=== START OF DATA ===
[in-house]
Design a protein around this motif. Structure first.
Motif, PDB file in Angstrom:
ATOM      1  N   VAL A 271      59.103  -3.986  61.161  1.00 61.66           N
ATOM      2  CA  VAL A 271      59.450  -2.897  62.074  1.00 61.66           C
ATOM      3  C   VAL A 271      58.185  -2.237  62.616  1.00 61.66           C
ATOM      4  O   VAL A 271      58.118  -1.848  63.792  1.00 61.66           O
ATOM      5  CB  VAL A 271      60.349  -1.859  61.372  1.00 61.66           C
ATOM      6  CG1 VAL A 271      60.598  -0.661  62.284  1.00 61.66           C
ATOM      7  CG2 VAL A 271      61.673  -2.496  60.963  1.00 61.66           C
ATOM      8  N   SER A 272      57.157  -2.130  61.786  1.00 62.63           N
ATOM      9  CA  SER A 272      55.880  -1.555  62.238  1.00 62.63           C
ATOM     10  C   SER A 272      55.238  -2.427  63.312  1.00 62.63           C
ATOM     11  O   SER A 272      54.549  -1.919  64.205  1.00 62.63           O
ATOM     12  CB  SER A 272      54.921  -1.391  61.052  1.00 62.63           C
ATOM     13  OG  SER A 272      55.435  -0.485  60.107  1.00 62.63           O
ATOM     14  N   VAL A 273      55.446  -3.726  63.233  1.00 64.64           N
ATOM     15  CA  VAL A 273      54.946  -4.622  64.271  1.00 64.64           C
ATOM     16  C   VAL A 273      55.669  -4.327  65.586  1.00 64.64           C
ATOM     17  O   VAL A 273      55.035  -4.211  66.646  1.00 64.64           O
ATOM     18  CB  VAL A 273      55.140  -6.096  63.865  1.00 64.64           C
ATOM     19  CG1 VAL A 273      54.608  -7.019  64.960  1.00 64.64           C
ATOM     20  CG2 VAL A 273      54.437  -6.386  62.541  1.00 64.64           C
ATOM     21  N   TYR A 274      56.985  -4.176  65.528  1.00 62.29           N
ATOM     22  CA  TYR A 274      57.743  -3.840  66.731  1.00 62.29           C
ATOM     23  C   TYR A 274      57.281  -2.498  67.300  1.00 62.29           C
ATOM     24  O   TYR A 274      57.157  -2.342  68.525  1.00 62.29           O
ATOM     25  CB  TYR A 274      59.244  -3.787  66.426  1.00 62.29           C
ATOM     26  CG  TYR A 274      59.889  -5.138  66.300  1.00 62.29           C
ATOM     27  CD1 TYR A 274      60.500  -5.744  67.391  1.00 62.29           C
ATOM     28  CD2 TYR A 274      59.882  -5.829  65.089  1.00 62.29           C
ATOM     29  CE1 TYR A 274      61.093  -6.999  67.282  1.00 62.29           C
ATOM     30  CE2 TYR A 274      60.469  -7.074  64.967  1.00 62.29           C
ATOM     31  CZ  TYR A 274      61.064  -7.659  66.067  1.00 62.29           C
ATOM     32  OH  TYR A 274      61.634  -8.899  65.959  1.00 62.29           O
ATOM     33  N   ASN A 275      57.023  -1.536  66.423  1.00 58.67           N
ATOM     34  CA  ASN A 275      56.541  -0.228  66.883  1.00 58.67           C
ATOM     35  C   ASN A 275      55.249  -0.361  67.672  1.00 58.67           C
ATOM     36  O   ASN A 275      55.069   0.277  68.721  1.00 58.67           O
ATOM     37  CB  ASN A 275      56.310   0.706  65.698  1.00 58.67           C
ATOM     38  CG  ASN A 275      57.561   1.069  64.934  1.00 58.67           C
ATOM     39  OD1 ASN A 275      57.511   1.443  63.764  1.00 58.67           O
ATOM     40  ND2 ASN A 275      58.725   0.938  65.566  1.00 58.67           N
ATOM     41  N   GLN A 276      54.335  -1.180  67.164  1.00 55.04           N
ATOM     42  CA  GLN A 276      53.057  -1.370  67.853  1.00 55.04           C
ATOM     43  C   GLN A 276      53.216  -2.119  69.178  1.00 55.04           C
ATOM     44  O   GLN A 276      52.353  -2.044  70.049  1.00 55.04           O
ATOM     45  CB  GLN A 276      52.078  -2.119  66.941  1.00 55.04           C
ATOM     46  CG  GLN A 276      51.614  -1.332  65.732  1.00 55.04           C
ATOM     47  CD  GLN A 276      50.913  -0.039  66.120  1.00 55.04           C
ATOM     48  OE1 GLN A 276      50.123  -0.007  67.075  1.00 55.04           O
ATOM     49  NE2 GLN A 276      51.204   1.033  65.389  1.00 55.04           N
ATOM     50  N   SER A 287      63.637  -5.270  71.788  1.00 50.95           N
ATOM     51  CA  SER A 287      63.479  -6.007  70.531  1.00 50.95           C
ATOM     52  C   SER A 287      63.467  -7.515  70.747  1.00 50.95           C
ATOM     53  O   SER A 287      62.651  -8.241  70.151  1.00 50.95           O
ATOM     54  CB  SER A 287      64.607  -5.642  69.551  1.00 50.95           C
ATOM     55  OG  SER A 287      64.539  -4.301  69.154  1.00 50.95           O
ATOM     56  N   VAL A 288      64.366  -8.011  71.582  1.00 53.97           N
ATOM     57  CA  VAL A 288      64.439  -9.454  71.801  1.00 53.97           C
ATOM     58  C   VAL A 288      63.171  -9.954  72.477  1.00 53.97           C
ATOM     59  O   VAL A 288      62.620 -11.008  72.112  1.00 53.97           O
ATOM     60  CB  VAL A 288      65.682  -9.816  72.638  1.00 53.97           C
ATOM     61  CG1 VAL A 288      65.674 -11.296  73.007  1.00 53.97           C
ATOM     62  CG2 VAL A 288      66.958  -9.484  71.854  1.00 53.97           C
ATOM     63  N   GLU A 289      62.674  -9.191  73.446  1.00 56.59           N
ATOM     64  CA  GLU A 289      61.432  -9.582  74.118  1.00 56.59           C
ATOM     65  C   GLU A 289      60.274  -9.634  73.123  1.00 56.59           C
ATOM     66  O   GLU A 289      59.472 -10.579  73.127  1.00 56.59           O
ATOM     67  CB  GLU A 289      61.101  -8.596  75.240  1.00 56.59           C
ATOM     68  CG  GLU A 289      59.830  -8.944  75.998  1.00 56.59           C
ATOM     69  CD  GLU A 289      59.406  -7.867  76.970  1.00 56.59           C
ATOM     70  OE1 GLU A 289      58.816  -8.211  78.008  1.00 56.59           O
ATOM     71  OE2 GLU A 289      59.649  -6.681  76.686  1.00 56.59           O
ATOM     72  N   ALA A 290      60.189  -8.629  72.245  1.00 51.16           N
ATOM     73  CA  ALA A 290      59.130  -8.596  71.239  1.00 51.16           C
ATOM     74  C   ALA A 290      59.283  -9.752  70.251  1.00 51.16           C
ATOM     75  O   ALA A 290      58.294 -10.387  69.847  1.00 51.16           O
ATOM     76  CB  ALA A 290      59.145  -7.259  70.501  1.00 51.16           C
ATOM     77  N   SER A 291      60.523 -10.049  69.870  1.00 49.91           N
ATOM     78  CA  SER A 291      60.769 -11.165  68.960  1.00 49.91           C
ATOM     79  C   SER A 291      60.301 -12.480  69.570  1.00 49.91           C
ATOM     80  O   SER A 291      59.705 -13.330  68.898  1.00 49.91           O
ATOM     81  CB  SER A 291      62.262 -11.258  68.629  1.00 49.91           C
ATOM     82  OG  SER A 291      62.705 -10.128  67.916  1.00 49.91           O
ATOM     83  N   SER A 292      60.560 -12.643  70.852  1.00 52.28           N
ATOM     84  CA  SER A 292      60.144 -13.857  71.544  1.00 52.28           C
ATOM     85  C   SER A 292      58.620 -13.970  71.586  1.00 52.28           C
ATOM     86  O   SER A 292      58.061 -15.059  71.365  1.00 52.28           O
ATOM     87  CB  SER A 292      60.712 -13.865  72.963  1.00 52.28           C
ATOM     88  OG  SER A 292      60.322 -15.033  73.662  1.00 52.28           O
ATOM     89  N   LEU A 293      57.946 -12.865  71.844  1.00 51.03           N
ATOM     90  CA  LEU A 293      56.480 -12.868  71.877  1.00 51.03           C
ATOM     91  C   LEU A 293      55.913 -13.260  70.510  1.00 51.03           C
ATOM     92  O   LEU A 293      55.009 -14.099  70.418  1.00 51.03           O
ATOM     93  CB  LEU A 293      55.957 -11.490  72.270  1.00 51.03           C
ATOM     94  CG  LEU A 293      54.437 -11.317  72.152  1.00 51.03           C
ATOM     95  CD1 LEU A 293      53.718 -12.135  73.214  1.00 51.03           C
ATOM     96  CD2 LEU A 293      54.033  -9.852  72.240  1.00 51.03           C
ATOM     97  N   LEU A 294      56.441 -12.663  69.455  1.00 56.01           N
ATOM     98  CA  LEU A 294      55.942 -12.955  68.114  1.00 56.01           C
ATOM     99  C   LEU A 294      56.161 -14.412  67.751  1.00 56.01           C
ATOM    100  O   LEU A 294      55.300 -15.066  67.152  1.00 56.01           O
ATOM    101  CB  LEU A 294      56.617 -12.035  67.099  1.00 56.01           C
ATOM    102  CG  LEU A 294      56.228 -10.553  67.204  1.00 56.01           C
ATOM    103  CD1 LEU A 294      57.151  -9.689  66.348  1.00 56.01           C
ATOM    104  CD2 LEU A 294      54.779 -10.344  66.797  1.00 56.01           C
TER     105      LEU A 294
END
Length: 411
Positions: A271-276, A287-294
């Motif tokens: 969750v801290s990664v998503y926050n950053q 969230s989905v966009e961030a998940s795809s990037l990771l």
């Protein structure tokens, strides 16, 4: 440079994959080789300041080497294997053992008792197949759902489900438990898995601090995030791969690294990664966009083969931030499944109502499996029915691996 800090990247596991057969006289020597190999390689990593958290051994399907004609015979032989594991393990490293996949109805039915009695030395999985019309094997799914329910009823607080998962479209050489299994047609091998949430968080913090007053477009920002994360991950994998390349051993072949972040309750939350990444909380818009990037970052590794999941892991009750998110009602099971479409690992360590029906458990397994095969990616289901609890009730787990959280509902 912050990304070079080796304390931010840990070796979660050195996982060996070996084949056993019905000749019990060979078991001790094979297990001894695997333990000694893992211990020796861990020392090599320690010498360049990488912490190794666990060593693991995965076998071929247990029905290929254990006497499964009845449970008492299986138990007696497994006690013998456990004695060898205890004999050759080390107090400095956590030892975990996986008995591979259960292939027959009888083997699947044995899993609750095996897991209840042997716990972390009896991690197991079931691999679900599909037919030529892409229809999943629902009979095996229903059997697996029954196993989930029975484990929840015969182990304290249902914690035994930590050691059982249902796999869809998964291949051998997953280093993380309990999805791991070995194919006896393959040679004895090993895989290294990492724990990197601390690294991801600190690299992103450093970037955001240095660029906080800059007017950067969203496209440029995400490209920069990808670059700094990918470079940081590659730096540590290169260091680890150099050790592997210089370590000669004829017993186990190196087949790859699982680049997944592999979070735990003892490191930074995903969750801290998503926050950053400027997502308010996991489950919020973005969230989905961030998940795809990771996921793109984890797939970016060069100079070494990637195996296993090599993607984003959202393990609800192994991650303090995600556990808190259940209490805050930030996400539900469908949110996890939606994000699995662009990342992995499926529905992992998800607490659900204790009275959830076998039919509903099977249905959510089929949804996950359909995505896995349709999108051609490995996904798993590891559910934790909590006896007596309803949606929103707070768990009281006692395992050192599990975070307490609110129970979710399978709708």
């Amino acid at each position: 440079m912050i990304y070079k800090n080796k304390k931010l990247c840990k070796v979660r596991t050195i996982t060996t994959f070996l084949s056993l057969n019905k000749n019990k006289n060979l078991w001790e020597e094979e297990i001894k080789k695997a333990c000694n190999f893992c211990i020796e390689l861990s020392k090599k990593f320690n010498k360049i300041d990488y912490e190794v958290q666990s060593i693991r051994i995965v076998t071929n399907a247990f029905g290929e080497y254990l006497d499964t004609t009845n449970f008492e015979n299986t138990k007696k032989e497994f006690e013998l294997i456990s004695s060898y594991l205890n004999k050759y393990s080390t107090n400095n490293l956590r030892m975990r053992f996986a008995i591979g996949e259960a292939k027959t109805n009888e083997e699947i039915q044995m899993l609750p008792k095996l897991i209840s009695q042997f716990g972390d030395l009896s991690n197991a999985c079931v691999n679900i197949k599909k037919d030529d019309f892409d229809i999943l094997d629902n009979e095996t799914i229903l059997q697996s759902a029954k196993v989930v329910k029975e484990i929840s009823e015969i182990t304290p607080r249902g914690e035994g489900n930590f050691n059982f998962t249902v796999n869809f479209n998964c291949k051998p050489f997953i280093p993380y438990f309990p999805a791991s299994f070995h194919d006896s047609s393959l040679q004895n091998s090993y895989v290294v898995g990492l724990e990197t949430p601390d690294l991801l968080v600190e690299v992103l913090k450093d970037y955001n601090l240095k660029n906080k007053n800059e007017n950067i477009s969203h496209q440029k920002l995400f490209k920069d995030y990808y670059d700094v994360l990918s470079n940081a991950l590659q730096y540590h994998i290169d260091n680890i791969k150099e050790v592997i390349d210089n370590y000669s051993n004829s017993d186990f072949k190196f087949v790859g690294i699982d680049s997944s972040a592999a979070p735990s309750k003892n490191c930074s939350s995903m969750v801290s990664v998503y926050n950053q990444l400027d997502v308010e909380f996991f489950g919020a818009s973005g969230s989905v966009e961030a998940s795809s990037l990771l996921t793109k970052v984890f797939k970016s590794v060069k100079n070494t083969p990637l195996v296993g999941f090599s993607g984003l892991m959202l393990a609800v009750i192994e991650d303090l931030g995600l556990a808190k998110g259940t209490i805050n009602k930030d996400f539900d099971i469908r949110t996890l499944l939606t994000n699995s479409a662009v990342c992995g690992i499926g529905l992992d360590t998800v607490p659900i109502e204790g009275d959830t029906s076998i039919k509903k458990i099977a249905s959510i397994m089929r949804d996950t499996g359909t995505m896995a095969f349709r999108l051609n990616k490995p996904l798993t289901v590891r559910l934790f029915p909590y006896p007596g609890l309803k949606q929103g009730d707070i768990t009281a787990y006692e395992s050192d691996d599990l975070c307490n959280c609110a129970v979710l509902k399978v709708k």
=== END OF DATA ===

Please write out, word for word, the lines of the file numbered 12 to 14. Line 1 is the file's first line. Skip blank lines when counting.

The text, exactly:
ATOM      9  CA  SER A 272      55.880  -1.555  62.238  1.00 62.63           C
ATOM     10  C   SER A 272      55.238  -2.427  63.312  1.00 62.63           C
ATOM     11  O   SER A 272      54.549  -1.919  64.205  1.00 62.63           O